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52. CHAPTER LII (continued)
"Not the people," was the answer: "it must be our care to be guides to these, for they are and always will be incapable of guiding themselves sufficiently. We should tell them what they must do, and in an ideal state of things should be able to enforce their doing it: perhaps when we are better instructed the ideal state may come about; nothing will so advance it as greater knowledge of spiritual pathology on our own part. For this, three things are necessary; firstly, absolute freedom in experiment for us the clergy; secondly, absolute knowledge of what the laity think and do, and of what thoughts and actions result in what spiritual conditions; and thirdly, a compacter organisation among ourselves.
"If we are to do any good we must be a closely united body, and must be sharply divided from the laity. Also we must be free from those ties which a wife and children involve. I can hardly express the horror with which I am filled by seeing English priests living in what I can only designate as 'open matrimony.' It is deplorable. The priest must be absolutely sexless--if not in practice, yet at any rate in theory, absolutely--and that too, by a theory so universally accepted that none shall venture to dispute it."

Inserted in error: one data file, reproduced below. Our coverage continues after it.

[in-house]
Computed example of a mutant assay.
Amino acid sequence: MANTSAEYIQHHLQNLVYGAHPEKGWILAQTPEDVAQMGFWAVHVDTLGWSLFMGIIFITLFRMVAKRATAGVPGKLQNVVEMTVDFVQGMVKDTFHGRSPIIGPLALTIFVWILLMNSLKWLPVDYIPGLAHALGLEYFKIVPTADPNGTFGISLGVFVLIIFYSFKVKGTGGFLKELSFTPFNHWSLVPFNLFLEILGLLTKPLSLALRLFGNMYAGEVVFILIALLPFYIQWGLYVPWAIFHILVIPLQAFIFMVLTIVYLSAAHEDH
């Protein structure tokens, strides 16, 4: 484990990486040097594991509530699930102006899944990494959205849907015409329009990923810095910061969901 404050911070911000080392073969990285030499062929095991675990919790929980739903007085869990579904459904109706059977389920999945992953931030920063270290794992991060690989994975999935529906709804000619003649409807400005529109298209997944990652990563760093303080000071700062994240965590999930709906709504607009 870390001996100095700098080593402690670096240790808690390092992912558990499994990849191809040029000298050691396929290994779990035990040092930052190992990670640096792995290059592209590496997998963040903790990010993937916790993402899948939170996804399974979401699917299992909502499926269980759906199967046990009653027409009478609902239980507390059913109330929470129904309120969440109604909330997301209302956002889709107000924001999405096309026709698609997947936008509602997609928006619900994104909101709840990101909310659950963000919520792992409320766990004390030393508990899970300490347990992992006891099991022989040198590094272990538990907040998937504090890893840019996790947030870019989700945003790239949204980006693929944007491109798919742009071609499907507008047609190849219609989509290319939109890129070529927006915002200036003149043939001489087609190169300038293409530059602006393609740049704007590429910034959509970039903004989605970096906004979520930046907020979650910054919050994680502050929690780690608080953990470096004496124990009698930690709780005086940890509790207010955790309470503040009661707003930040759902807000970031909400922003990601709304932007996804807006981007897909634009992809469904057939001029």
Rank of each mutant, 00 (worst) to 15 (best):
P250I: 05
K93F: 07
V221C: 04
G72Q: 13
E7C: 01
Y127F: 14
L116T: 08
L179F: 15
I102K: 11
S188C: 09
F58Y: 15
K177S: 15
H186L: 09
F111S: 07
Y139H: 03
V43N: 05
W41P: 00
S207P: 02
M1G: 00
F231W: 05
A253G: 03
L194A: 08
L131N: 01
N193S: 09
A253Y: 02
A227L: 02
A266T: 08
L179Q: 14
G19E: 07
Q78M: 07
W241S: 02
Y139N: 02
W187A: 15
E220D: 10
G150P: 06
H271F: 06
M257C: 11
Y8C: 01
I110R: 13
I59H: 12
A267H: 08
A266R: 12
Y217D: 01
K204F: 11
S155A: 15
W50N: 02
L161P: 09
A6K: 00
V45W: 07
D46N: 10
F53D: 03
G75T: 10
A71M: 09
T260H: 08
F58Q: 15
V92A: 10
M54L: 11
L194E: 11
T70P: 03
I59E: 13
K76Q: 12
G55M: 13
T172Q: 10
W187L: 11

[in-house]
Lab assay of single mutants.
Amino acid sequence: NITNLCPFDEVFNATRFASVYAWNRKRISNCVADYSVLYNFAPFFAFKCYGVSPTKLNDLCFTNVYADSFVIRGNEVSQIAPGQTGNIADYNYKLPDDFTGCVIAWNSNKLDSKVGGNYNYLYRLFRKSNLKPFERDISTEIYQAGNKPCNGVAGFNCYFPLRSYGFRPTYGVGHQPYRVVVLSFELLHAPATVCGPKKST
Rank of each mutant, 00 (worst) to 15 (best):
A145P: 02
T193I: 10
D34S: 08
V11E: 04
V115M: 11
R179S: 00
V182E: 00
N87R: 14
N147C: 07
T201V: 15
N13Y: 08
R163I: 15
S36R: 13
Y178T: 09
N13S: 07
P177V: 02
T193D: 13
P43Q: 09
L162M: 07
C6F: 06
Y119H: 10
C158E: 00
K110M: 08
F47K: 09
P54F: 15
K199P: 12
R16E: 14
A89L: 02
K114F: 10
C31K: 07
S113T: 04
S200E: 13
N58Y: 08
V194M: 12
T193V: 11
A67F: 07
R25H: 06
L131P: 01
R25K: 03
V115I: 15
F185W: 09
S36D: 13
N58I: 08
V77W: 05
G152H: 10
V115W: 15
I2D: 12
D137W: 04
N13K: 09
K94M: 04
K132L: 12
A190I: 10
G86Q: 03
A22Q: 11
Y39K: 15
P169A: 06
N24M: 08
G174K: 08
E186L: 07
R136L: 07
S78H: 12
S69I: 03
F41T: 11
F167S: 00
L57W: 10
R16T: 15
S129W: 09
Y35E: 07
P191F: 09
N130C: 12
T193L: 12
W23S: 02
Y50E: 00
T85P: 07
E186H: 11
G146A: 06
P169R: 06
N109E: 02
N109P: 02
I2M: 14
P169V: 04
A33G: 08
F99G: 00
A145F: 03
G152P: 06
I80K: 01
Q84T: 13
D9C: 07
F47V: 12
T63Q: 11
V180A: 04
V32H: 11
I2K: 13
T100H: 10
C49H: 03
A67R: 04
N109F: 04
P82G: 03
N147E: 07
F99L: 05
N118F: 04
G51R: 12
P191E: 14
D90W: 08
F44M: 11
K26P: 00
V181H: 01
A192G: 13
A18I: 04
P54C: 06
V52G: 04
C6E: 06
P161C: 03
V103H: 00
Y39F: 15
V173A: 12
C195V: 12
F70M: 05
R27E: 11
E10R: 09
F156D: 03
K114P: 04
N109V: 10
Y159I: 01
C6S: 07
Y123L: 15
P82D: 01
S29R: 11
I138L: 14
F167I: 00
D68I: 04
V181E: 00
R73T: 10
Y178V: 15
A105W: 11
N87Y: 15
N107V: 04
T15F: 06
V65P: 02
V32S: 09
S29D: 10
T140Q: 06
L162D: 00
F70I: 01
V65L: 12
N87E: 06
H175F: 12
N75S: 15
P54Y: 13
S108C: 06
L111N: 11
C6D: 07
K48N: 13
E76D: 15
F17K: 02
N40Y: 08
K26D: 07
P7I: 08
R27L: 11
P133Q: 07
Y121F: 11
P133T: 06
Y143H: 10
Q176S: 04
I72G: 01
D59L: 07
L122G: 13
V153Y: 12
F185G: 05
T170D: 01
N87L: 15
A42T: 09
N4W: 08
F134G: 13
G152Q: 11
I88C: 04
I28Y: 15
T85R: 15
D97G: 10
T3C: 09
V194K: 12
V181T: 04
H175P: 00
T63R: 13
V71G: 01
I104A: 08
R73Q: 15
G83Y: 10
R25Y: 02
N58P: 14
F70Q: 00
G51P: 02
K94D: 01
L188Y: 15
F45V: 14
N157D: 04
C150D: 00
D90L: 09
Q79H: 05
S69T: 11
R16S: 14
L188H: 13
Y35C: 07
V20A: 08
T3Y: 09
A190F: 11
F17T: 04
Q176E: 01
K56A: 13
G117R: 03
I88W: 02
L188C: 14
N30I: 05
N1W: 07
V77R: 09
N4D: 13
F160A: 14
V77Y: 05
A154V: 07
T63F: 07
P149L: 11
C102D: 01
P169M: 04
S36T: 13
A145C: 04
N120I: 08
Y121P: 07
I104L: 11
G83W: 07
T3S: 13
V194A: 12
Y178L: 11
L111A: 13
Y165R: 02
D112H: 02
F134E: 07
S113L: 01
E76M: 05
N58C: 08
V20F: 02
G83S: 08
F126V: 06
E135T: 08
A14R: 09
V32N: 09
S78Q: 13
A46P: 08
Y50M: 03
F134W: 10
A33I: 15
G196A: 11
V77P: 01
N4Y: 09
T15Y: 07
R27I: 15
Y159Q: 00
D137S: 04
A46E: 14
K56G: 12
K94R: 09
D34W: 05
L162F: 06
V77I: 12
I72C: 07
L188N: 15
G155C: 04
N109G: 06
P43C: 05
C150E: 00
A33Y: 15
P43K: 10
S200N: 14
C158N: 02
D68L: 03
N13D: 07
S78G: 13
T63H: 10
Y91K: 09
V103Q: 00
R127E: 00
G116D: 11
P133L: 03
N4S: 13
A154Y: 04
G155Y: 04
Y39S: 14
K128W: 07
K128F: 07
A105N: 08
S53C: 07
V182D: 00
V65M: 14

"But," said Ernest, "has not the Bible already told people what they ought and ought not to do, and is it not enough for us to insist on what can be found here, and let the rest alone?"
"If you begin with the Bible," was the rejoinder, "you are three parts gone on the road to infidelity, and will go the other part before you know where you are. The Bible is not without its value to us the clergy, but for the laity it is a stumbling-block which cannot be taken out of their way too soon or too completely. Of course, I mean on the supposition that they read it, which, happily, they seldom do. If people read the Bible as the ordinary British churchman or churchwoman reads it, it is harmless enough; but if they read it with any care--which we should assume they will if we give it them at all--it is fatal to them."
"What do you mean?" said Ernest, more and more astonished, but more and more feeling that he was at least in the hands of a man who had definite ideas.
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